Skeptical experts in Sweden say its decision to have no lockdown is a terrible mistake that no other nation should copy
- More than 2,000 experts across
Swedenin April urged the country to change its unusual decision not to have an enforced coronavirus lockdown.
- Its death toll is now among the highest in the world, and some of those experts told Business Insider they remain convinced the plan is a historic mistake.
- "This is not an example to follow. I don't want thousands of people around the globe to start dying," one
- They say much of Sweden's advice is out of step with other countries: on masks, on the risks to children, and on who should self-isolate.
- They are urging Sweden to test more so it can better understand its outbreak and give information to the rest of the world.
Sweden's strategy for dealing with the
But it has sparked alarm among some experts who point to the country's high death toll, the effects on vulnerable groups, and what they say is an approach that ignores much of the best research on COVID-19.Two open letters signed in April by more than 2,000 experts across the country to adopt tougher measures with compulsory elements.
But the letters did not change government policy. Sweden's death toll is now among the highest in the world, and its average death toll from May 13 to May 20 was the highest in the world on a per capita basis. Business Insider spoke to some of those experts, who said Swedish health officials are not looking closely enough at new research.
They said they hope no other countries try to imitate Sweden, which anti-lockdown protesters and some US politicians have held up as an example of a better approach.
Olle Kämpe, a professor and senior consultant in endocrinology at the Karolinska Institutet in Stockholm, said: "We are sacrificing old people and people with diseases."
"So I don't that it's something that anyone should copy."
Is Sweden gambling on herd immunity?
Sweden claims that its strategy is not based on achieving "herd immunity" — the point at which so many people are immune to a virus through infection or vaccination that it cannot take hold in a population.But Anders Tegnell, Sweden's state epidemiologist and the main figure behind Sweden's plan, has highlighted Sweden's progress towards such a state. He said in late April that up to 20% of people in Stockholm were immune, and that this could help guard against a second wave.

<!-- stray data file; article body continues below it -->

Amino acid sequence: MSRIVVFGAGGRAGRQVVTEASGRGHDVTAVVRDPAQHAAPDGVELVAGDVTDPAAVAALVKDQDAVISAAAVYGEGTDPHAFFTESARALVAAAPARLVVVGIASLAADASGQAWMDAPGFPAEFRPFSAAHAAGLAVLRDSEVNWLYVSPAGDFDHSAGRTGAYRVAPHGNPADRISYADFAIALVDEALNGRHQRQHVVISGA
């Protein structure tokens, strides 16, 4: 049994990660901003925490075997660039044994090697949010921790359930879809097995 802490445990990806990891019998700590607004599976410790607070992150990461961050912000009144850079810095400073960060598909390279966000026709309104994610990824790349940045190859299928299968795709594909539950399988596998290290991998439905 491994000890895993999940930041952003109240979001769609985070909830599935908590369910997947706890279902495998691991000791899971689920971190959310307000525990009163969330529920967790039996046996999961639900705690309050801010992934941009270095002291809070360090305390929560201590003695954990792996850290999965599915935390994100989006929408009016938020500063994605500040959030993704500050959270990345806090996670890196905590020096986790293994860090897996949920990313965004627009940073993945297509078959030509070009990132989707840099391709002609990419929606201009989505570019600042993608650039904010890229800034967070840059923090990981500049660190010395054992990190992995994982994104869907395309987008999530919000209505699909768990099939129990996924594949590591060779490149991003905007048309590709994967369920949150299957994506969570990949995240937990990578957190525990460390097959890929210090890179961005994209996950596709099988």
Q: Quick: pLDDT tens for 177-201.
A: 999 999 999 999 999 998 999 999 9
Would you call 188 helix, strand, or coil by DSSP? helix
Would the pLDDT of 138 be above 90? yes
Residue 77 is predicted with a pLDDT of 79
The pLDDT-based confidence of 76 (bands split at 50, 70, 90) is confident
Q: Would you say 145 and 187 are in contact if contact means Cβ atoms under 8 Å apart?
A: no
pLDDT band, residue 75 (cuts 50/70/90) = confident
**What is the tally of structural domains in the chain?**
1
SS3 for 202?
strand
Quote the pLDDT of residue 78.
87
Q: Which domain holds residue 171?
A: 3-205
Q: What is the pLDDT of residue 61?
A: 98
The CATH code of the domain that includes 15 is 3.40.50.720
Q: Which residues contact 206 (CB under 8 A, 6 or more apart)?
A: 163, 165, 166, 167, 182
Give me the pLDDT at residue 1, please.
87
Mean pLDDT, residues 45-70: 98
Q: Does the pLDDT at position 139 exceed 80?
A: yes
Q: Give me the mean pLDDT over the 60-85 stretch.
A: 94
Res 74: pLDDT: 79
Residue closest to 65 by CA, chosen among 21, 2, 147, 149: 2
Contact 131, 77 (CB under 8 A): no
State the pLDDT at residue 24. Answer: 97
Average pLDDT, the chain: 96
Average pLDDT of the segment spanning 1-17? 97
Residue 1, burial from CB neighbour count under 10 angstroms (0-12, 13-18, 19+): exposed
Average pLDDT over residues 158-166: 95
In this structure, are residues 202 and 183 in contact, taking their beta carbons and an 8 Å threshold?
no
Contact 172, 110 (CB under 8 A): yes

Marcus Carlsson, a mathematician at Lund University, said: "They are denying it in practice but if you look at their actions they're clearly going for herd immunity — that's why they are keeping schools and everything open."
Kämpe said that Sweden is trying to "reach herd immunity by killing people.""It's saying that people who are old, or have a disease like obesity like diabetes, are worth less than the rest of us, so we can just let them die and we get herd immunity." Kämpe said that Sweden's radically different approach means it has a special responsibility to justify itself. "The burden of proof is very strong," he said.
Experts say Sweden's plan ignores science
Kämpe said much of Sweden's approach is "not based on facts.""If you have a virus that's totally new, you know very little about it, why don't you take a step back and say you are trying to infect as few people as possible until we know more?"
"Sweden's strategy is the opposite: infect as many people, reach herd immunity."
Christopher Plumberg, a theoretical physics researcher at Lund University, noted that the stance on children "stands in stark contrast to the United States and the United Kingdom."Carlsson said that the differences show that Sweden's Public Health Agency has "a strange view on how to do science and research."
"They claim to be more logical while the rest of the world is panicking, claiming to be the voice of rationality."He described the authority as being "picky about evidence" — insisting on unusually strong levels of proof before taking steps to mitigate the virus, as the rest of the world goes further. He pointed to how the Public Health Agency has only urged people to stay at home when they show symptoms.
Swedish officials say it is "still too early to say" how much the virus is spread by those without symptoms.
It is a stark contrast to other public health bodies, which mostly say that everyone should stay home to mitigate the risk of asymptomatic transmission.Carlsson said that waiting for definitive proof in this case means waiting too long and risking lives.
"Evidence-based is good science over time, but in emergency response to an unknown virus, you cannot sit and wait for a peer review process. Science is very slow."
Sweden's renegade adviceSweden diverges from the consensus in more ways than its advice on staying who should stay home.